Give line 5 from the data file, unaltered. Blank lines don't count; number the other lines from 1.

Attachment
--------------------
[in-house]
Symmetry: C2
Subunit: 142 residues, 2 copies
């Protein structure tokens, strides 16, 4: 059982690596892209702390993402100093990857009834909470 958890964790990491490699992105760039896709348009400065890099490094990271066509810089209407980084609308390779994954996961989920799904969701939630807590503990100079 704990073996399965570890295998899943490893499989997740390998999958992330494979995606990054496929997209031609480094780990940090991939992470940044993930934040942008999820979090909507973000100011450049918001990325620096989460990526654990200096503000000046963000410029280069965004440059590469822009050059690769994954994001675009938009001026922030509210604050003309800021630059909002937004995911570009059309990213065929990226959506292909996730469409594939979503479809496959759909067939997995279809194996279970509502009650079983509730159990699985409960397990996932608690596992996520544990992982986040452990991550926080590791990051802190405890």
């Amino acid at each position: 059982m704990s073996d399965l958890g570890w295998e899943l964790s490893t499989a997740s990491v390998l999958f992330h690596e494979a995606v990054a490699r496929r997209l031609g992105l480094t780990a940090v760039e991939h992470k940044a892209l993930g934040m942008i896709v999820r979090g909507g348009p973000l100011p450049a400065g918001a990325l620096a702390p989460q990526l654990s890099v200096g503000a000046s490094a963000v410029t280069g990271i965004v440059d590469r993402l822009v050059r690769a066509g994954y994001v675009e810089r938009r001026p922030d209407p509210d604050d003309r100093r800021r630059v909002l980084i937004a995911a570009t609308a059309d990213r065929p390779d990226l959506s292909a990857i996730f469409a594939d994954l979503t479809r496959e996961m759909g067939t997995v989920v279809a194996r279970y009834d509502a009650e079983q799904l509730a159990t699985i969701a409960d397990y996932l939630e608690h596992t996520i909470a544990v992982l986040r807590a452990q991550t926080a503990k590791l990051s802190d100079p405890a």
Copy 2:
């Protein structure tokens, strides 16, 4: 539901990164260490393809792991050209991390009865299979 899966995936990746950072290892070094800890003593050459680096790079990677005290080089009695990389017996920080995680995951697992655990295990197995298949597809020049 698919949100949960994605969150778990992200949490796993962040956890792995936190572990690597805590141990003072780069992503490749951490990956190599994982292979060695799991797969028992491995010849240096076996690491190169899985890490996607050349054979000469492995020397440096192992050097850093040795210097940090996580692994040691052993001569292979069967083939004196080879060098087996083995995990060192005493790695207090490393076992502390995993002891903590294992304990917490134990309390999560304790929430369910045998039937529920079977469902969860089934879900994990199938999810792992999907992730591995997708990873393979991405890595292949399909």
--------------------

């Amino acid at each position: 059982m704990s073996d399965l958890g570890w295998e899943l964790s490893t499989a997740s990491v390998l999958f992330h690596e494979a995606v990054a490699r496929r997209l031609g992105l480094t780990a940090v760039e991939h992470k940044a892209l993930g934040m942008i896709v999820r979090g909507g348009p973000l100011p450049a400065g918001a990325l620096a702390p989460q990526l654990s890099v200096g503000a000046s490094a963000v410029t280069g990271i965004v440059d590469r993402l822009v050059r690769a066509g994954y994001v675009e810089r938009r001026p922030d209407p509210d604050d003309r100093r800021r630059v909002l980084i937004a995911a570009t609308a059309d990213r065929p390779d990226l959506s292909a990857i996730f469409a594939d994954l979503t479809r496959e996961m759909g067939t997995v989920v279809a194996r279970y009834d509502a009650e079983q799904l509730a159990t699985i969701a409960d397990y996932l939630e608690h596992t996520i909470a544990v992982l986040r807590a452990q991550t926080a503990k590791l990051s802190d100079p405890a």